• Why is imposing log convexity important? It ensures uniqueness given the other two quite natural conditions in Andrey's answer, but unique doesn't equal optimal and optimal is defined only under given criteria. In the end, pragmatism rules and "the best" turns out to mean "the most useful" given a scenario. I've given an interpolation scenario that straightforwardly gives a unique extension, directly implies the three conditions in Andrey's answer, and relates the utility of the extended factorial within this scenario to the beta and zeta fcts. and fractional calculus. Commented May 10, 2012 at 1:27
• See also "Construction and physical application of the fractional calculus" by N. Wheeler. Commented Jun 18, 2015 at 3:28
• See also "Fractional derivatives and special functions" by Lavoie, Osler, and Trembley. Commented Jan 1, 2016 at 17:12
• See tcjpn.wordpress.com/2015/11/21/… for differential generators for $x^\alpha / \alpha!$ incorporating $\zeta(n)$ for $n>1$. Commented Aug 15, 2016 at 18:26

For me another argument is the convincing one.

Consider the log of the factorial resp the gamma-function; this is for the integer arguments a sum of logarithms of the integers. Now for the interpolation of sums to fractional indexes (which is required for the gamma to noninteger arguments) there exists the concept of "indefinite summation", and the operator for that indefinite summation can be expressed by a power series. we find, that the power series for the log of the Eulerian gamma-function matches exactly that of that operator for the indefinite summation of the sum of logarithms.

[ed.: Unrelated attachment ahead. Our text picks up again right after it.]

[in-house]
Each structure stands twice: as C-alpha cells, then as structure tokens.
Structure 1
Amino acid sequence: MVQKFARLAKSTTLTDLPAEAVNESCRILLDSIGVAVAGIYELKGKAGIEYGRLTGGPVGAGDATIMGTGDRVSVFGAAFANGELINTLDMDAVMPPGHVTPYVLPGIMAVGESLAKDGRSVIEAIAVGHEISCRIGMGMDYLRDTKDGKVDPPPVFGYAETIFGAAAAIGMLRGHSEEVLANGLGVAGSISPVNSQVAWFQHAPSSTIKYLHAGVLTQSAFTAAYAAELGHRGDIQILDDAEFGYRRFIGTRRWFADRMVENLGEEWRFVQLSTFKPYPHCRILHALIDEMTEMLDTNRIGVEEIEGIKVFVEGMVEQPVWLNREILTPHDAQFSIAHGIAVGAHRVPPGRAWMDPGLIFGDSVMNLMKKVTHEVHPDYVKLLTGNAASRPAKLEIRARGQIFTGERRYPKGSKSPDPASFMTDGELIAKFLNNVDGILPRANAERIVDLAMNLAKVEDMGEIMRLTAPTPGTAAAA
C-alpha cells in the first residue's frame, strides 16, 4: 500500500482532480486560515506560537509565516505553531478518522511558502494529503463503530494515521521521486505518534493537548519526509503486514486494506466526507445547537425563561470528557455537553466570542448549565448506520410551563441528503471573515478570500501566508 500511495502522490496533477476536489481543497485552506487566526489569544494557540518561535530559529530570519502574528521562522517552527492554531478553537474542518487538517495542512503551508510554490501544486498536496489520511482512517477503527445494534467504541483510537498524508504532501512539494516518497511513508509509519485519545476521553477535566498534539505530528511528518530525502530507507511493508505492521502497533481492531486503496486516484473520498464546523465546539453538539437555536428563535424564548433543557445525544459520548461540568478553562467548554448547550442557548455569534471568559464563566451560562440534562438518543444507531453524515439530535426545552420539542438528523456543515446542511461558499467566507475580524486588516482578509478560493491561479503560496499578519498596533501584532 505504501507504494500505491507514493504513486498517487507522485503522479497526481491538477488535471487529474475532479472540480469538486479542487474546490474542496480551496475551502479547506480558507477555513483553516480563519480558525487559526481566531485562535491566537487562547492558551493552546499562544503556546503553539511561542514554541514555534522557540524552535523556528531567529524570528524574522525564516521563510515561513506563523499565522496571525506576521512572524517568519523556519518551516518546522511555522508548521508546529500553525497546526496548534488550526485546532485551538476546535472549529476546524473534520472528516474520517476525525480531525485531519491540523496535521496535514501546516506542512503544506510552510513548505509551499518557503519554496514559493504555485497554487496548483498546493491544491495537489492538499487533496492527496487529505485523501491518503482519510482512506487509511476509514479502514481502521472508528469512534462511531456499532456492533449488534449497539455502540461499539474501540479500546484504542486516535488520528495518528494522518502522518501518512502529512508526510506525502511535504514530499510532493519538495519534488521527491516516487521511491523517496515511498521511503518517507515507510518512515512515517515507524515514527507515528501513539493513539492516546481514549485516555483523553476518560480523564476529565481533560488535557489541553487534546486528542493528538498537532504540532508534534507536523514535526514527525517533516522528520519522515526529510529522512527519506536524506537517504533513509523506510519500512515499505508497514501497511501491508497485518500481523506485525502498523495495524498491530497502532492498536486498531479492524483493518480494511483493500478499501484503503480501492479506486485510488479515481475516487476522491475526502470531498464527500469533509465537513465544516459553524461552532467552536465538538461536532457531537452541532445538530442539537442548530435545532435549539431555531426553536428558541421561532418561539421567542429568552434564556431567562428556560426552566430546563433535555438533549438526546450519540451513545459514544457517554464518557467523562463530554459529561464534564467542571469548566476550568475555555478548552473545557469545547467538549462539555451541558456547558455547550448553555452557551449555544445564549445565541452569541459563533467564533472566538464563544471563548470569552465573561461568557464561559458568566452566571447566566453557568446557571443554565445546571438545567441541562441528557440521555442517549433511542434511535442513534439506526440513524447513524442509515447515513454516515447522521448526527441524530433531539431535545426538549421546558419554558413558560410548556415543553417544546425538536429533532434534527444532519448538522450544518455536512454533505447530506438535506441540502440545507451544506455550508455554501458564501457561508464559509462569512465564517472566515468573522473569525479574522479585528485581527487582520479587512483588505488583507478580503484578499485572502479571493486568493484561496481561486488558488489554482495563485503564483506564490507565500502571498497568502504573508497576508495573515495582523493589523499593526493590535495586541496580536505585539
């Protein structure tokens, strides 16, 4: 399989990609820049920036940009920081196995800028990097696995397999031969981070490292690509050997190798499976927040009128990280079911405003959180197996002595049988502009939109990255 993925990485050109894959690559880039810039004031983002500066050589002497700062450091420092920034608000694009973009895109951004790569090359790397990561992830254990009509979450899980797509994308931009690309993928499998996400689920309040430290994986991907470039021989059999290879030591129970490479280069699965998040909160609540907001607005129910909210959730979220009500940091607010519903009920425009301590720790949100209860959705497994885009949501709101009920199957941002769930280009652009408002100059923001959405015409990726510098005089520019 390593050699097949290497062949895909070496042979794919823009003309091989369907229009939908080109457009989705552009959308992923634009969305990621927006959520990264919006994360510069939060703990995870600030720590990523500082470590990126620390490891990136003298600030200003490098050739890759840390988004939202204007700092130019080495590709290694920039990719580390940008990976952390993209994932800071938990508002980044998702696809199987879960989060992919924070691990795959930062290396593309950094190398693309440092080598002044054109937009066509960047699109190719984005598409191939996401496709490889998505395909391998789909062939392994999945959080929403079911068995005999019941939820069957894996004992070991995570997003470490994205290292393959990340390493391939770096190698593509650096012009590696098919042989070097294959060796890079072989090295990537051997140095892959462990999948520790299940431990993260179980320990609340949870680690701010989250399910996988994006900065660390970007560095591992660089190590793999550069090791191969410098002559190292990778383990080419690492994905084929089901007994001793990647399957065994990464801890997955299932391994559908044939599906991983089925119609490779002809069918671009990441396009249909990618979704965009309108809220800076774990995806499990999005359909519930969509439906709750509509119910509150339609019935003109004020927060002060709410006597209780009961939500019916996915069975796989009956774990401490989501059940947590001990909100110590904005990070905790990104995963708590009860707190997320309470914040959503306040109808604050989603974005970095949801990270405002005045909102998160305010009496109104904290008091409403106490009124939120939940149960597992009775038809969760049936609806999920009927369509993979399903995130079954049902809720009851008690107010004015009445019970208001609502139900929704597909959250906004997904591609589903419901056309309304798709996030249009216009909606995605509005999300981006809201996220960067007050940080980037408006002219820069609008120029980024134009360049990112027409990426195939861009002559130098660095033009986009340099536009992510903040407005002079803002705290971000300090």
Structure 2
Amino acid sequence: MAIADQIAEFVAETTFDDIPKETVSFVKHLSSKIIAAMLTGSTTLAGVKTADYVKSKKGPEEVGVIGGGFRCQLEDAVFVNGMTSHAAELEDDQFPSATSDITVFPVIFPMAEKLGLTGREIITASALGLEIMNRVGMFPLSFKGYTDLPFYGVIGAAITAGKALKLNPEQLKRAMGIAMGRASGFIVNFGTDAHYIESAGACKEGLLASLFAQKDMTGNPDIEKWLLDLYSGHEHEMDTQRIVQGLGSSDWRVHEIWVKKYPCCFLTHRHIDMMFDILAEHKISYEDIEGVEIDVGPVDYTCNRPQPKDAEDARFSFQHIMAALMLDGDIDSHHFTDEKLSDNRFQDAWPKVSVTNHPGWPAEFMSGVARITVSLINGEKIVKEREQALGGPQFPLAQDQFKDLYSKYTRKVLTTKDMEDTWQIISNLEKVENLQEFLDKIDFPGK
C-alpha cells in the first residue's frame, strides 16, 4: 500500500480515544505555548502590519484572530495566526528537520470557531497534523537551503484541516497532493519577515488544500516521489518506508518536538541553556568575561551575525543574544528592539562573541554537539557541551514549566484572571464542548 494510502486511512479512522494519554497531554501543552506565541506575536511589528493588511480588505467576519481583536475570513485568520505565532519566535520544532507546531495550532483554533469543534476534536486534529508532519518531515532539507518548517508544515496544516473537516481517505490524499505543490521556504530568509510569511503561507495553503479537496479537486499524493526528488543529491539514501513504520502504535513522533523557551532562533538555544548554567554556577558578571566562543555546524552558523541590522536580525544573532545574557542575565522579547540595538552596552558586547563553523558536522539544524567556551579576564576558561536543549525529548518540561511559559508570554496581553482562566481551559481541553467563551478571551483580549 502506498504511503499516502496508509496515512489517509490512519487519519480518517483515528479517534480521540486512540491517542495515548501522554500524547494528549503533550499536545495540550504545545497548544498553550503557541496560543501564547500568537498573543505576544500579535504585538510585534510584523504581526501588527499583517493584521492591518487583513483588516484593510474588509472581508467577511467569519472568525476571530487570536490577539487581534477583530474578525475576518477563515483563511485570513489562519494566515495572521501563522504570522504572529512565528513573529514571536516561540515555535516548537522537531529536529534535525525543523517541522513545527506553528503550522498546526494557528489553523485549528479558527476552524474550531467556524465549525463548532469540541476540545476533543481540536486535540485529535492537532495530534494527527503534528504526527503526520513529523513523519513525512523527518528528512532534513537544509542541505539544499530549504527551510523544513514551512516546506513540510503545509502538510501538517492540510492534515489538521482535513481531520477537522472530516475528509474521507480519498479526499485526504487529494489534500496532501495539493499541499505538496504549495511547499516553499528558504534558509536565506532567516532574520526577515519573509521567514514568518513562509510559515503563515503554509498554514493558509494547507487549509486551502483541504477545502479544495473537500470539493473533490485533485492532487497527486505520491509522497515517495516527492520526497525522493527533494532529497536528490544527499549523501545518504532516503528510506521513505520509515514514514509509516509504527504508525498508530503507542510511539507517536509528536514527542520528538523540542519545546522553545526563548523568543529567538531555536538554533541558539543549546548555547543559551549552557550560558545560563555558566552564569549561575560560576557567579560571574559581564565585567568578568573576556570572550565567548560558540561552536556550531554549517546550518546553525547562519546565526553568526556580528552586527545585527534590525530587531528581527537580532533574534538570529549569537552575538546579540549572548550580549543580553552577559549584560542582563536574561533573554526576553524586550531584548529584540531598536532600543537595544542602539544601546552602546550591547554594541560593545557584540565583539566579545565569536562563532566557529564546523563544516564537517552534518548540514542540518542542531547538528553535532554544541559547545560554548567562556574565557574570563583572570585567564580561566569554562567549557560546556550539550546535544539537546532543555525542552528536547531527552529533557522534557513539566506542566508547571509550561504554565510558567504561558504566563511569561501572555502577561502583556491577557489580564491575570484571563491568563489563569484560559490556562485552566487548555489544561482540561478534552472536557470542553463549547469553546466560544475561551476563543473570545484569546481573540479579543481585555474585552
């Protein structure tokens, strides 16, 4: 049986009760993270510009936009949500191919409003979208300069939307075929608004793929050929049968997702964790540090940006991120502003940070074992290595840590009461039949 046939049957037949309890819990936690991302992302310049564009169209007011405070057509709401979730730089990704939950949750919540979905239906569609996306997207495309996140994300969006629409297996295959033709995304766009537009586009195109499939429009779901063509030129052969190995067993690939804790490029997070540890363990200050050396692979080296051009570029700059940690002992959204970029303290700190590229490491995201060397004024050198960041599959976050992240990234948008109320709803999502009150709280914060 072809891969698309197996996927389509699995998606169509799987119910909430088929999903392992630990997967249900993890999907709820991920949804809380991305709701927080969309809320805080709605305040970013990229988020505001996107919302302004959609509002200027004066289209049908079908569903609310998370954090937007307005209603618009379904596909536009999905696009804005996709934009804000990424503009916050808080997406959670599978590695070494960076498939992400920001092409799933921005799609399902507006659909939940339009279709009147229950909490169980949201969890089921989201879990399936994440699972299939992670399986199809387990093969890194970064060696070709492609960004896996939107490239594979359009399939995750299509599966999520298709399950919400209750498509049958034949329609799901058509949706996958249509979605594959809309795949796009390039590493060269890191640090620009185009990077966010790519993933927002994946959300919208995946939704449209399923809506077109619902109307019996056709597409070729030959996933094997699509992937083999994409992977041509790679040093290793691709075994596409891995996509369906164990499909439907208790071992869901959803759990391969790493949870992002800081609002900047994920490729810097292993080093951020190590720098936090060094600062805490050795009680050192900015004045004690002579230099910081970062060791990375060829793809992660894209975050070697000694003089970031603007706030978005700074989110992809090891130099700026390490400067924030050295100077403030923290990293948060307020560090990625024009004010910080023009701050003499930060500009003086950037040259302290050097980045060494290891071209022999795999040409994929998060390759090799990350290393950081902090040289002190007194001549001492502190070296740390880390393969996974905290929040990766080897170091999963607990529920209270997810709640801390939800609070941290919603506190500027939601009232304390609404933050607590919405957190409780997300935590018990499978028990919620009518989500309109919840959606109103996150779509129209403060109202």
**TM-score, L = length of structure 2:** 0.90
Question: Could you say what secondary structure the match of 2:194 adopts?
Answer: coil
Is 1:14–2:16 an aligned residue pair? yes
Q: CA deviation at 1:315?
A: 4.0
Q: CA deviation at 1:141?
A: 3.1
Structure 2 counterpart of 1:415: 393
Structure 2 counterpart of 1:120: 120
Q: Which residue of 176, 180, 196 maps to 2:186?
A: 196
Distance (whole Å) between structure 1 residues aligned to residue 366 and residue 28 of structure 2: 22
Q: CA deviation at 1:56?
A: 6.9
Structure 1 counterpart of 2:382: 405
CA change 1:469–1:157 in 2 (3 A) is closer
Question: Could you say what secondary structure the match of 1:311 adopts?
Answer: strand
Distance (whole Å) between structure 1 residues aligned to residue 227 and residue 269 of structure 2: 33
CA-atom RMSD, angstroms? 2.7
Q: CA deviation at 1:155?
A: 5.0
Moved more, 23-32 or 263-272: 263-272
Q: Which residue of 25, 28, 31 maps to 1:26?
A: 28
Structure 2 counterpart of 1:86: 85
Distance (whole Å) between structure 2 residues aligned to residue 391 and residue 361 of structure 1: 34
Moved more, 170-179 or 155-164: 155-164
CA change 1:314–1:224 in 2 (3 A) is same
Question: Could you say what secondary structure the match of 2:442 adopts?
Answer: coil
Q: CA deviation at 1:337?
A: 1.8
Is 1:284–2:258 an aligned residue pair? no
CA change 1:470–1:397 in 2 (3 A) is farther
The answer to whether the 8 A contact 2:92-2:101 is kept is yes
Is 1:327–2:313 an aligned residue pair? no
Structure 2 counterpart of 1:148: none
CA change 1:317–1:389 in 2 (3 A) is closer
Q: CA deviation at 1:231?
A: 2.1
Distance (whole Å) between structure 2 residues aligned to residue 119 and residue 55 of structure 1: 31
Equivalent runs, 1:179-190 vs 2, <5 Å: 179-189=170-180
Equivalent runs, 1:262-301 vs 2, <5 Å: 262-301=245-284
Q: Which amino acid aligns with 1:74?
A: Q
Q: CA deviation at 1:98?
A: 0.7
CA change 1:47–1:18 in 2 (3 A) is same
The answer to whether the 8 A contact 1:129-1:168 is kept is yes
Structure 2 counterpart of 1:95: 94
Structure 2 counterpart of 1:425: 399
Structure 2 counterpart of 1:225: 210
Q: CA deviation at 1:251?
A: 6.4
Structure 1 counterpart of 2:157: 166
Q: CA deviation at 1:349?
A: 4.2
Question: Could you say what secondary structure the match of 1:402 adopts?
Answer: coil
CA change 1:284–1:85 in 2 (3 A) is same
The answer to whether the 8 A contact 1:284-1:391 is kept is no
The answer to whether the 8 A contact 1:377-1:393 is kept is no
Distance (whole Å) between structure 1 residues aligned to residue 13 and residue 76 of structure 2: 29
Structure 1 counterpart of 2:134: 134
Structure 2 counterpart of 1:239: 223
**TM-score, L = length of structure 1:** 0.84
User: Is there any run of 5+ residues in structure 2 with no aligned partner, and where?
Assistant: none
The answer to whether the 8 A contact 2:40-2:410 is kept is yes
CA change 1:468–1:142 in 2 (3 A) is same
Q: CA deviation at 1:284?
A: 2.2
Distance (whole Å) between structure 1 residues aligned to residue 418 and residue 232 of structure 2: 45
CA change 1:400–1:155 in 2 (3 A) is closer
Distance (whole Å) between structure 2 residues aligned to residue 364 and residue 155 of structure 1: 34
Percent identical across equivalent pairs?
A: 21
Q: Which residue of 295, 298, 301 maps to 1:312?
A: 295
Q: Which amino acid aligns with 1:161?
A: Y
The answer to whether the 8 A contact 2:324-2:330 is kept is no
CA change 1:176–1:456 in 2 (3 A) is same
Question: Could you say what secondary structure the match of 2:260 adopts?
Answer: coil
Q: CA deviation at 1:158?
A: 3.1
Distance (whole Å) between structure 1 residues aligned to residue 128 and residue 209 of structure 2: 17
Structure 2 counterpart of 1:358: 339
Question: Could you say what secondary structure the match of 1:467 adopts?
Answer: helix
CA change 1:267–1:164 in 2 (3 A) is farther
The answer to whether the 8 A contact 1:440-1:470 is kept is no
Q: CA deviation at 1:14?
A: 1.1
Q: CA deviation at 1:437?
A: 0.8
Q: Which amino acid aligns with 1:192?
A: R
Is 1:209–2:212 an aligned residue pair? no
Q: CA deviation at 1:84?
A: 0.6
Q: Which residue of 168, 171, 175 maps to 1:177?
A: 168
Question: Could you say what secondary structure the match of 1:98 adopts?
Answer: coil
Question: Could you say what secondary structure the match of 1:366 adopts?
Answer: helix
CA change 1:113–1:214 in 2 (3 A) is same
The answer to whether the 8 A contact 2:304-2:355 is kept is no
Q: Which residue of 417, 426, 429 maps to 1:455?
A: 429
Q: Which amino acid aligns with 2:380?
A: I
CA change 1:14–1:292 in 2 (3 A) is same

I've seen this argument elsewhere; I thought it has been here at mse before (by the used "anixx") but may be it is at MO; I'm not aware of a specific literature at the moment, but I've put that heuristic in a small amateurish article on my website; in the essence the representation of that indefinite summation is fairly elementary and should be existent in older mathematical articles. See "uncompleting the gamma" pg 13 if that seems interesting.

Conclusion: the Eulerian gamma-function is "the correct one", because it is coherent with the indefinite summation-formula for the sums of consecutive logarithms.